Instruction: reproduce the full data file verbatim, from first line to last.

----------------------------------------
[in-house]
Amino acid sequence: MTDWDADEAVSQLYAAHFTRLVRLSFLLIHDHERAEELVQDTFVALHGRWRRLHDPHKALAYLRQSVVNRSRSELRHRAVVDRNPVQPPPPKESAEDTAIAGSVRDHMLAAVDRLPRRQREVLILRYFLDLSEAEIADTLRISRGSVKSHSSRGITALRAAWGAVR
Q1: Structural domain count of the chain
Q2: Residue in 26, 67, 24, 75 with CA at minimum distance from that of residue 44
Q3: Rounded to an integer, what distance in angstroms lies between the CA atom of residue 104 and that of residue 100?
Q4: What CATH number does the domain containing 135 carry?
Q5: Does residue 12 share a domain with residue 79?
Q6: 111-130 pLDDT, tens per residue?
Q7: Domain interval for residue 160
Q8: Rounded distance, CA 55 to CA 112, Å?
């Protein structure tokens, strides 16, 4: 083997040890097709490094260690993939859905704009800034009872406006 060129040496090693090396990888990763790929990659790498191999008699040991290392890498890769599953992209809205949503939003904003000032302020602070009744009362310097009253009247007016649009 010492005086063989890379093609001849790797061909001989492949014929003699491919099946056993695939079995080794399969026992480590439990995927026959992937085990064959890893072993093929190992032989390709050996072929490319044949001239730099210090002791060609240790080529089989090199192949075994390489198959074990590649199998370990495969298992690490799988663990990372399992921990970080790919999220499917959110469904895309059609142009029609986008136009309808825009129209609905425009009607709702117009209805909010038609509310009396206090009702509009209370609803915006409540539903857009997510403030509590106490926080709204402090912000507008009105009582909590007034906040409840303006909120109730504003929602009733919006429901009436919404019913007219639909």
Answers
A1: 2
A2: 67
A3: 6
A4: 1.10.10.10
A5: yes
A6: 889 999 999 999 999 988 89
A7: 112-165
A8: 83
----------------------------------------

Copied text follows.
[in-house]
Amino acid sequence: MTDWDADEAVSQLYAAHFTRLVRLSFLLIHDHERAEELVQDTFVALHGRWRRLHDPHKALAYLRQSVVNRSRSELRHRAVVDRNPVQPPPPKESAEDTAIAGSVRDHMLAAVDRLPRRQREVLILRYFLDLSEAEIADTLRISRGSVKSHSSRGITALRAAWGAVR
Q1: Structural domain count of the chain
Q2: Residue in 26, 67, 24, 75 with CA at minimum distance from that of residue 44
Q3: Rounded to an integer, what distance in angstroms lies between the CA atom of residue 104 and that of residue 100?
Q4: What CATH number does the domain containing 135 carry?
Q5: Does residue 12 share a domain with residue 79?
Q6: 111-130 pLDDT, tens per residue?
Q7: Domain interval for residue 160
Q8: Rounded distance, CA 55 to CA 112, Å?
């Protein structure tokens, strides 16, 4: 083997040890097709490094260690993939859905704009800034009872406006 060129040496090693090396990888990763790929990659790498191999008699040991290392890498890769599953992209809205949503939003904003000032302020602070009744009362310097009253009247007016649009 010492005086063989890379093609001849790797061909001989492949014929003699491919099946056993695939079995080794399969026992480590439990995927026959992937085990064959890893072993093929190992032989390709050996072929490319044949001239730099210090002791060609240790080529089989090199192949075994390489198959074990590649199998370990495969298992690490799988663990990372399992921990970080790919999220499917959110469904895309059609142009029609986008136009309808825009129209609905425009009607709702117009209805909010038609509310009396206090009702509009209370609803915006409540539903857009997510403030509590106490926080709204402090912000507008009105009582909590007034906040409840303006909120109730504003929602009733919006429901009436919404019913007219639909």
Answers
A1: 2
A2: 67
A3: 6
A4: 1.10.10.10
A5: yes
A6: 889 999 999 999 999 988 89
A7: 112-165
A8: 83